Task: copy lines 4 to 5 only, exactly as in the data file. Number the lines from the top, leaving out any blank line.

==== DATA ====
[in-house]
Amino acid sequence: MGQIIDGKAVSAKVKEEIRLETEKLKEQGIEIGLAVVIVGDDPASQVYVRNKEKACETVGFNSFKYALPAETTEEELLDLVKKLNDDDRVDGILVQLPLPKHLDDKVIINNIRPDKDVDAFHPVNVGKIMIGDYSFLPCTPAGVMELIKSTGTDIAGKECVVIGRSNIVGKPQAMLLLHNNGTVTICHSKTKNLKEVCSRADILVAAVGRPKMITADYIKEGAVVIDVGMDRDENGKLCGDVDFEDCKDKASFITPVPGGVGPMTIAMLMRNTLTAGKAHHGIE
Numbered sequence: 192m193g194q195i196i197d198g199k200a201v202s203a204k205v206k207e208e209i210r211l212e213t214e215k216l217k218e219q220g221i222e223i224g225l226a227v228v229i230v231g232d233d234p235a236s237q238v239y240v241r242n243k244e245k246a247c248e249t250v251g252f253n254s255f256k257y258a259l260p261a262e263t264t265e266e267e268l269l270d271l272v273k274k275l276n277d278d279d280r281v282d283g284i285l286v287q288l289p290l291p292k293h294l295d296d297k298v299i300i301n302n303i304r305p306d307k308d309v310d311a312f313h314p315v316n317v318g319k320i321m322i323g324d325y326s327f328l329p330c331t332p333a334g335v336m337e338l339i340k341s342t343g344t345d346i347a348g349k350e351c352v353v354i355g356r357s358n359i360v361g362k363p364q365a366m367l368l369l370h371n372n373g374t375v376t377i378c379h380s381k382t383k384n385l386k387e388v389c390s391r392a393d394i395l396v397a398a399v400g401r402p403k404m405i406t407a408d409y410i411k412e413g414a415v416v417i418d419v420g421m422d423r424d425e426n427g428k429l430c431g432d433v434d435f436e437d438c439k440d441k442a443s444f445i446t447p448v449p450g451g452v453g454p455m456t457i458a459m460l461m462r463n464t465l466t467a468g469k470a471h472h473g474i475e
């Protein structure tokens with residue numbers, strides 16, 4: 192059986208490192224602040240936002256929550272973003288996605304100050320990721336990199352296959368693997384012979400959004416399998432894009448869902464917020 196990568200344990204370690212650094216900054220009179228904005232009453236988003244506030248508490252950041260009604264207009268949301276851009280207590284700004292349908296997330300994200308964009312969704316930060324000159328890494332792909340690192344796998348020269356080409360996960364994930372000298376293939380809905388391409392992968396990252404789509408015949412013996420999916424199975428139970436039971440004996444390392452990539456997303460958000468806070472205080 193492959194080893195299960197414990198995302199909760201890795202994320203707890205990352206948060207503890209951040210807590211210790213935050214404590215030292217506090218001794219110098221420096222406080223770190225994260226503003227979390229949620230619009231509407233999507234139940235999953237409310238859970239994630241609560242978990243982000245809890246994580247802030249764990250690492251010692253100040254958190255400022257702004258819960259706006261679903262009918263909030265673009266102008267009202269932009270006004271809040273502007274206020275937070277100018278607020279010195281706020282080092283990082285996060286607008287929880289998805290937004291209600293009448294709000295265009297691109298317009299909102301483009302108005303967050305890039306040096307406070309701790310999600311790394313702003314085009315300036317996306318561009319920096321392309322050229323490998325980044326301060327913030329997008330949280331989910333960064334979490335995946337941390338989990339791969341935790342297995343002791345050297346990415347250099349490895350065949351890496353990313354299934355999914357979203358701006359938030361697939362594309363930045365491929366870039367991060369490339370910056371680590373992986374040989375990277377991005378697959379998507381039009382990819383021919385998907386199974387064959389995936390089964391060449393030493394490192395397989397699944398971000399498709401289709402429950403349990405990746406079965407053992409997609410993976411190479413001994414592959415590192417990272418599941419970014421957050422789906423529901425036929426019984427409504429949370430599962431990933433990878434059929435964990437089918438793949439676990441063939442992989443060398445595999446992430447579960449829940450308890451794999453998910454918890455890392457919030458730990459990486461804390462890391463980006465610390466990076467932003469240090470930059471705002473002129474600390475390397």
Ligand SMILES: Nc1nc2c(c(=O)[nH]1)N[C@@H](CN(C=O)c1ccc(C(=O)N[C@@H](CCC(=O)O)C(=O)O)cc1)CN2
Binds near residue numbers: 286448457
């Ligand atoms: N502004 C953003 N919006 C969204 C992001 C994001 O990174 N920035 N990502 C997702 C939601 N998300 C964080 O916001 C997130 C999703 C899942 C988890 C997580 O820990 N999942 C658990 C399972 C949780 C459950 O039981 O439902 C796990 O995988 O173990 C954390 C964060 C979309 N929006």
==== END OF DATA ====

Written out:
């Protein structure tokens with residue numbers, strides 16, 4: 192059986208490192224602040240936002256929550272973003288996605304100050320990721336990199352296959368693997384012979400959004416399998432894009448869902464917020 196990568200344990204370690212650094216900054220009179228904005232009453236988003244506030248508490252950041260009604264207009268949301276851009280207590284700004292349908296997330300994200308964009312969704316930060324000159328890494332792909340690192344796998348020269356080409360996960364994930372000298376293939380809905388391409392992968396990252404789509408015949412013996420999916424199975428139970436039971440004996444390392452990539456997303460958000468806070472205080 193492959194080893195299960197414990198995302199909760201890795202994320203707890205990352206948060207503890209951040210807590211210790213935050214404590215030292217506090218001794219110098221420096222406080223770190225994260226503003227979390229949620230619009231509407233999507234139940235999953237409310238859970239994630241609560242978990243982000245809890246994580247802030249764990250690492251010692253100040254958190255400022257702004258819960259706006261679903262009918263909030265673009266102008267009202269932009270006004271809040273502007274206020275937070277100018278607020279010195281706020282080092283990082285996060286607008287929880289998805290937004291209600293009448294709000295265009297691109298317009299909102301483009302108005303967050305890039306040096307406070309701790310999600311790394313702003314085009315300036317996306318561009319920096321392309322050229323490998325980044326301060327913030329997008330949280331989910333960064334979490335995946337941390338989990339791969341935790342297995343002791345050297346990415347250099349490895350065949351890496353990313354299934355999914357979203358701006359938030361697939362594309363930045365491929366870039367991060369490339370910056371680590373992986374040989375990277377991005378697959379998507381039009382990819383021919385998907386199974387064959389995936390089964391060449393030493394490192395397989397699944398971000399498709401289709402429950403349990405990746406079965407053992409997609410993976411190479413001994414592959415590192417990272418599941419970014421957050422789906423529901425036929426019984427409504429949370430599962431990933433990878434059929435964990437089918438793949439676990441063939442992989443060398445595999446992430447579960449829940450308890451794999453998910454918890455890392457919030458730990459990486461804390462890391463980006465610390466990076467932003469240090470930059471705002473002129474600390475390397």
Ligand SMILES: Nc1nc2c(c(=O)[nH]1)N[C@@H](CN(C=O)c1ccc(C(=O)N[C@@H](CCC(=O)O)C(=O)O)cc1)CN2